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EHRs could help identify undiagnosed Type 2 diabetes


Electronic health records could be an untapped resource for helping to identify patients with undiagnosed type 2 diabetes.

A new study has shown it may be possible to identify patients who will develop type 2 diabetes using data that already exists within a practice’s electronic health record (EHR) system. In fact, a study published recently in the Journal of Biomedical Informatics showed that a statistical model was able to identify patients at risk for developing type 2 diabetes even when missing certain key data.

“The residual information in EHRs can help to identify type 2 diabetes even after accounting for the predictive power of the ‘usual suspects’ such as age, BMI, hypertension, and smoking,” lead author Ariana E. Anderson, PhD, assistant research statistician in the department of psychiatry and biobehavioral sciences at the University of California, Los Angeles, told Medical Economics.

Anderson said about one-fourth of people with diabetes are undiagnosed. Mining EHRs to identify patients who need further laboratory screening might allow clinicians to catch the disease before complications occur.

“The EHR data is already collected routinely,” Anderson said. “Implementing EHR screening would aggregate information that is already available, possibly to save insurers’ and clinicians’ time and money.”


Anderson and colleagues conducted a retrospective study using EHR data from 9,948 patients. With this data they developed a pre-screening tool that could predict current type 2 diabetes. They compared information taken from a full EHR model with common medications, diagnoses and conventional predictors, a restricted EHR model that excluded medications, and a convention model that contained only basic predictors such as BMI, age, sex, smoking status and hypertension.

“The EHRs we used were ‘typical quality.’ Extensive history on patients was not available - the database only covered three years of records,” Anderson explained.

According to Anderson, “typical quality” means that these records were not gathered for research purposes, and the researchers did not exclude any records that had inconsistent information. The researchers wanted to see if these algorithms could predict well in practice because a clinician (or
anyone else) could not be expected to go through a patient's medical record and fill in missing values to make the algorithm work. In fact, she said, many values were obviously missing. For example, even though 18% of the sample had type 2 diabetes, only 1% of all the participants had a recorded family history of diabetes.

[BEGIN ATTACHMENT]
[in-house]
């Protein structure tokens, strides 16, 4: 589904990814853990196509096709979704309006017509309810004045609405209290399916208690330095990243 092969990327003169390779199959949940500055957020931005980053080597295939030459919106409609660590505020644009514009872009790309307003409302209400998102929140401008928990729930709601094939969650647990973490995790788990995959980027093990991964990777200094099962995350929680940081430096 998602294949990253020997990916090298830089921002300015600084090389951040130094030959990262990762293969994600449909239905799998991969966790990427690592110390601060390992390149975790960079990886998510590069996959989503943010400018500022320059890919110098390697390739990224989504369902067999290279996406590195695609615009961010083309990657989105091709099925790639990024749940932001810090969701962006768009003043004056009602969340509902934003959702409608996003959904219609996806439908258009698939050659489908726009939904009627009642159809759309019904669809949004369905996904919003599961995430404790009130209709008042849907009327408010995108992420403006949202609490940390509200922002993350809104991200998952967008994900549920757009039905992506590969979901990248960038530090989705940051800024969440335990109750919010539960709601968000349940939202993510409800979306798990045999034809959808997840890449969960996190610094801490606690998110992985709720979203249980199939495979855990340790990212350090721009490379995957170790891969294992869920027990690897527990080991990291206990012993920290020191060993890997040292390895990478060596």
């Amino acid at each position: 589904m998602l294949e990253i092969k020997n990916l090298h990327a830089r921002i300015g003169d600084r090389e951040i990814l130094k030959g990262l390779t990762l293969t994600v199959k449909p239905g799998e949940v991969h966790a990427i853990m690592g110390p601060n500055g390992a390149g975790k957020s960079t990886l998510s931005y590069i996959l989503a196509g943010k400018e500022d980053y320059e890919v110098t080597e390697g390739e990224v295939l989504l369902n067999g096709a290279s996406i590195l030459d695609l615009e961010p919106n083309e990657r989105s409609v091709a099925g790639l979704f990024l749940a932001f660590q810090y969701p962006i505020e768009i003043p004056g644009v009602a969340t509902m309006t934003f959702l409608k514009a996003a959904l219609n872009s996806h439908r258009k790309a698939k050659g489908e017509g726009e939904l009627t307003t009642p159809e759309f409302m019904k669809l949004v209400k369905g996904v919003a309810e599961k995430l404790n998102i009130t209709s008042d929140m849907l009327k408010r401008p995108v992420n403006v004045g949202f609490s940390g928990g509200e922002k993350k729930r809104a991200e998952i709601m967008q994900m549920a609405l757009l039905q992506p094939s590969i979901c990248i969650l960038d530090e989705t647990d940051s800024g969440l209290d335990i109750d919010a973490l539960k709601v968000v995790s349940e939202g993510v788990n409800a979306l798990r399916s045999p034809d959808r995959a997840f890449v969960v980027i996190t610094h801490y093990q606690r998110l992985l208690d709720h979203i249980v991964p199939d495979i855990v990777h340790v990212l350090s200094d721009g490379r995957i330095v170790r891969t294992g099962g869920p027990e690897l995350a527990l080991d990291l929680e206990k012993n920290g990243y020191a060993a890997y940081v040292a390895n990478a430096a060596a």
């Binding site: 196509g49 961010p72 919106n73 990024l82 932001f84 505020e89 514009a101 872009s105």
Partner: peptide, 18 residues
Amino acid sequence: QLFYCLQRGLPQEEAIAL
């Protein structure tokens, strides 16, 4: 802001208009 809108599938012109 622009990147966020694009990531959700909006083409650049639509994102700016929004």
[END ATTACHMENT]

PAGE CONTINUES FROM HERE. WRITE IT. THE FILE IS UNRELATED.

“This posed a ‘worst case’ scenario for prediction,” said Anderson.  “Given missing, unsystematic and incomplete information from a patient’s medical history, could residual information still augment current diabetes risk scores in a way that improves the accuracy and efficiency of type 2 diabetes screening in the general population?”

The models showed that using either a patient’s full or restricted EHR was superior to using just the basic predictor alone for identifying patients with type 2 diabetes. The area under the curve value for each model was 81.3% for the full EHR, 79.6% for the restricted EHR, and 74.8% for the conventional model.


The researchers found many of the traditional predictors of diabetes, such as high cholesterol and hypertension, were associated with a type 2 diabetes diagnosis. However, use of the full EHR also showed that sexual and gender identity disorders, allergic rhinitis, use of depot medroxyprogesterone contraceptives, and herpes zoster had significant positive associations with a type 2 diabetes diagnosis.

According to Anderson, any physician's office could do this. In the future, she and her colleagues envision these algorithms automatically implemented within existing EHR databases, where a risk score is automatically computed for physician interpretation. 

“Clinician time is much more valuable than computer time,” Anderson said. “Automatically pre-screening for chronic disease using information already in the EHR would use a clinician's time more
efficiently without imposing any additional workload on them.”

Anderson said that she anticipated the largest adopter of EHR phenotype models will be public and private insurers, with risk scores created using existing claims databases.

“Treating the disease itself is likely to be less expensive than treating both the disease and the
complications that arise from undiagnosed disease,” Anderson said.

“Moreover, we anticipate that future models will use EHRs to screen not just for common diseases, but also less common diseases.  The same mathematical foundation used to identify diabetes here could be used to identify possible cases of lupus or Crohn's disease. This reflects a data-driven approach to identifying risk for insurers,” she said.

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